In recent months, many U.S. banks have published record high payout ratios. Indeed, analysts expect that on average U.S. banks will reach their highest net payout ratios in more than five years following the U.S. Federal Reserve’s approval for several banks to exceed 100%. For the European banking sector, however, the outlook is much more sober, signaling different payout policies in Europe and the U.S.
Analyzing the payout behavior of the global top 100 banks up to now reveals a few differences between the payout policies in the European and the U.S. banking sectors—BRICS banks have significant lower payout ratios on average. First of all, in comparison to their European peers, the U.S. banks’ payout ratios of 2015 and 2016 are slightly lower, since U.S. banks have retained more earnings for building capital buffers rather than granting shareholders the capital gains. Furthermore, there are some outliers like HSBC, which paid out the same dividend in 2016 as in 2015 in spite of a heavy drop in earnings—leading to a payout ratio of nearly 800%. Secondly, total payouts by American banks are mainly driven by share repurchases whereas European ratios depend almost exclusively on dividend payments. The average proportion of share repurchases by U.S. banks over the last two years equals 54%, compared to just 2% by European banks.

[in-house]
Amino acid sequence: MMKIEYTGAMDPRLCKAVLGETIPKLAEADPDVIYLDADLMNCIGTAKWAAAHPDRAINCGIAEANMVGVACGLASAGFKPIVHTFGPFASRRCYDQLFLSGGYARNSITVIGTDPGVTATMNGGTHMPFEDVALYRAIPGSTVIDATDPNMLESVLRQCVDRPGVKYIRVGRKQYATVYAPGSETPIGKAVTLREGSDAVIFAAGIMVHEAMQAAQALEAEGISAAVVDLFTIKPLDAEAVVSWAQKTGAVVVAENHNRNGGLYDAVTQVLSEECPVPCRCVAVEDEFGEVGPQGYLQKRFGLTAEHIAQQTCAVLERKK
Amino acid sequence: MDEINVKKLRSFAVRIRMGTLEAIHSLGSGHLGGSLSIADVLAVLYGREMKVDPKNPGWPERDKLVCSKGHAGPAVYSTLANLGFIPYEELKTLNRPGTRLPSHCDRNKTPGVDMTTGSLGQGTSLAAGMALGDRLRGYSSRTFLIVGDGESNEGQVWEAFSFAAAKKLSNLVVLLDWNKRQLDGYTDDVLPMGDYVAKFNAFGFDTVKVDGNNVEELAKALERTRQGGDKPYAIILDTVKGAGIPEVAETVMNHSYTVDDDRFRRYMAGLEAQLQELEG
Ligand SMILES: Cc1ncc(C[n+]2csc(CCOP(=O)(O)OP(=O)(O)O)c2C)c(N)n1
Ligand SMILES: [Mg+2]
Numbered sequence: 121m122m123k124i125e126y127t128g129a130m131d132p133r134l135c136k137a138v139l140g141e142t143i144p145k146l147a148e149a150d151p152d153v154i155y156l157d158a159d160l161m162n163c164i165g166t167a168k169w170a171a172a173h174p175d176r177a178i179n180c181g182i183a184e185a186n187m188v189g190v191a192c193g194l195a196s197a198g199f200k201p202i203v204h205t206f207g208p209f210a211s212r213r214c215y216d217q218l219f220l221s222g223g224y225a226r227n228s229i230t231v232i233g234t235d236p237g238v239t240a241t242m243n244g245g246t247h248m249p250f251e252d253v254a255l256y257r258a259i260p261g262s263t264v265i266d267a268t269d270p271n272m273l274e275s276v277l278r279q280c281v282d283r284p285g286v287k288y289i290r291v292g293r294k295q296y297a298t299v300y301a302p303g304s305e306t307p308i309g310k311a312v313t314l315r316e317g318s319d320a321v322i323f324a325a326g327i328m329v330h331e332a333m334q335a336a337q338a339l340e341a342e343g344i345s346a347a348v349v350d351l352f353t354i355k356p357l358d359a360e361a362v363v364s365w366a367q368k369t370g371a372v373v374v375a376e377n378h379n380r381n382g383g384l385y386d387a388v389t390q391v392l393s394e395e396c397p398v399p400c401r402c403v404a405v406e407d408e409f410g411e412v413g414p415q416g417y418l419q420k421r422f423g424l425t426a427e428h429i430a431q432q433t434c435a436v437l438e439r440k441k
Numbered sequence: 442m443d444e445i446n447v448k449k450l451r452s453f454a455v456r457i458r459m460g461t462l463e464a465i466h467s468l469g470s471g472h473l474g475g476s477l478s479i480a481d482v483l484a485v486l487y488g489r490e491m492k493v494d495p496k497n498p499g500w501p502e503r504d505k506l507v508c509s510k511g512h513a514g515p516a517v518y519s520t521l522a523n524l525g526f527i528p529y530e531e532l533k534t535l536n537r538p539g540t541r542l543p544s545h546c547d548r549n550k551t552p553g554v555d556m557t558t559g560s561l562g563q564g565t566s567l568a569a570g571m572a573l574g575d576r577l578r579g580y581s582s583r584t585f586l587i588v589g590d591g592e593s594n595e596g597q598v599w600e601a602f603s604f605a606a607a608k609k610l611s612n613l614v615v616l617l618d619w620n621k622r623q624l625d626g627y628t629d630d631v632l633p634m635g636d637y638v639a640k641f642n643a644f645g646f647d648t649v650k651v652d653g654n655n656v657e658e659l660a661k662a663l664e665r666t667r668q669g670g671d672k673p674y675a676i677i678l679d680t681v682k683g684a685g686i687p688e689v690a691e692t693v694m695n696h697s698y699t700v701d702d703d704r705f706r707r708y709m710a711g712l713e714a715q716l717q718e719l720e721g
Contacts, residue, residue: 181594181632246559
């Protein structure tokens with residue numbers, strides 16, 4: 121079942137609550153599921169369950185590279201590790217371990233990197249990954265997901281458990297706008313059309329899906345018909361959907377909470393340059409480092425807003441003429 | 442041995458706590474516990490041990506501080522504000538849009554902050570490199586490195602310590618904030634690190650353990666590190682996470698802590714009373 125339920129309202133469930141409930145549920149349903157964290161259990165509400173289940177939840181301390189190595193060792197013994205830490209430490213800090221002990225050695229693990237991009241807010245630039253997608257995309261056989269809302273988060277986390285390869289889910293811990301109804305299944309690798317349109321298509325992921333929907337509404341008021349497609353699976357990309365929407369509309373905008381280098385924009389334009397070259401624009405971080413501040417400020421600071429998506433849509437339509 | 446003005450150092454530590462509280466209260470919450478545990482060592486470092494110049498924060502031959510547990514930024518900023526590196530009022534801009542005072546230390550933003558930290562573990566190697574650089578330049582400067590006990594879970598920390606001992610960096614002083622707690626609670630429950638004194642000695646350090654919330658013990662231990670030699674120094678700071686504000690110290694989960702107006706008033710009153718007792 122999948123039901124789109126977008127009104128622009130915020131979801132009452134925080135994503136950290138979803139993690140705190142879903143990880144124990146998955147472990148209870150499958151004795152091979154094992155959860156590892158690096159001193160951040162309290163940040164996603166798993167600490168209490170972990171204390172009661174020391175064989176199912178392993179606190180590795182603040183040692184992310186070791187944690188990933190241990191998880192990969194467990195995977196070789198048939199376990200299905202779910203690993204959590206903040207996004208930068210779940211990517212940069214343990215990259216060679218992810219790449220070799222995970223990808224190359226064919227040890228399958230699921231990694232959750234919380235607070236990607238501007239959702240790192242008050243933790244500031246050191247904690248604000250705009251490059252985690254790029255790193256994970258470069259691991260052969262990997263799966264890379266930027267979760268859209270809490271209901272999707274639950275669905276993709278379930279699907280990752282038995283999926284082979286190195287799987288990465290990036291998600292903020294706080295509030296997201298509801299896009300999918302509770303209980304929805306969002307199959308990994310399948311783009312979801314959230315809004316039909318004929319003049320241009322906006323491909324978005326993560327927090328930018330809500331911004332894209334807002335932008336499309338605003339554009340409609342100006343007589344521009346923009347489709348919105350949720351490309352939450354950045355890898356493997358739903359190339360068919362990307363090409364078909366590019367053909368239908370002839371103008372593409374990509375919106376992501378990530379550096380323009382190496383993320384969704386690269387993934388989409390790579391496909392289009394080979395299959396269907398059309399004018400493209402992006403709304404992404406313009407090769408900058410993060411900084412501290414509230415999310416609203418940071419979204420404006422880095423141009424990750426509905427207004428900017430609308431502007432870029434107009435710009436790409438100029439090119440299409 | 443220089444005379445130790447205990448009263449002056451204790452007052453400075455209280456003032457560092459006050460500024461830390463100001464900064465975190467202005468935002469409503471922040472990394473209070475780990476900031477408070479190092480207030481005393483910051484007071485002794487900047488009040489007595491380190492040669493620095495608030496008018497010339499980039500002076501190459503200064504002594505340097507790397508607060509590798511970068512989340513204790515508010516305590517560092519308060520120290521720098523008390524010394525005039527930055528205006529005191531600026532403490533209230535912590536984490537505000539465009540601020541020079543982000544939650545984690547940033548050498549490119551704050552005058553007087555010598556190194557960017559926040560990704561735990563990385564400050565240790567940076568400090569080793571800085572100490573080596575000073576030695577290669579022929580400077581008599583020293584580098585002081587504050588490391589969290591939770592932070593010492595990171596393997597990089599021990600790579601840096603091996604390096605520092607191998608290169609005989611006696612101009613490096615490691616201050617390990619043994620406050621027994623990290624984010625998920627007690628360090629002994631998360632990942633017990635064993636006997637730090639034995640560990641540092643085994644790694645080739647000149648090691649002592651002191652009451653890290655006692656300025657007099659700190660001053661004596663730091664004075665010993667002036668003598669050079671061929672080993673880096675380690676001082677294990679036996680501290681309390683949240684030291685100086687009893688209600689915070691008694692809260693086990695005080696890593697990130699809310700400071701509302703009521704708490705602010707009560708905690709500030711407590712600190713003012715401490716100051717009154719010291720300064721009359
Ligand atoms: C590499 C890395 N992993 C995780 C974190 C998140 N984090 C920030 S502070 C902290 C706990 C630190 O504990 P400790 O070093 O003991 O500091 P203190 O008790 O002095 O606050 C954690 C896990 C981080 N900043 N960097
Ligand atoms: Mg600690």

In 2017, American banks included in the global top 100 sample are expected to reach a payout ratio of 103% on average—almost every other bank has ratios exceeding 100%, including Goldman Sachs, Citigroup, JPMorgan Chase and Morgan Stanley. Citigroup, for instance, will double their quarterly dividend from USD 0.16 to USD 0.32 and repurchase nearly USD 16 bn in shares, pushing their payout ratio up to more than 130%. Citigroup’s plans also reflect the extraordinary increase in the overall value of share repurchases which are expected among American banks. The forecasted total for 2017 amounts to USD 94.9 bn—raising the proportion of share repurchases to 74%.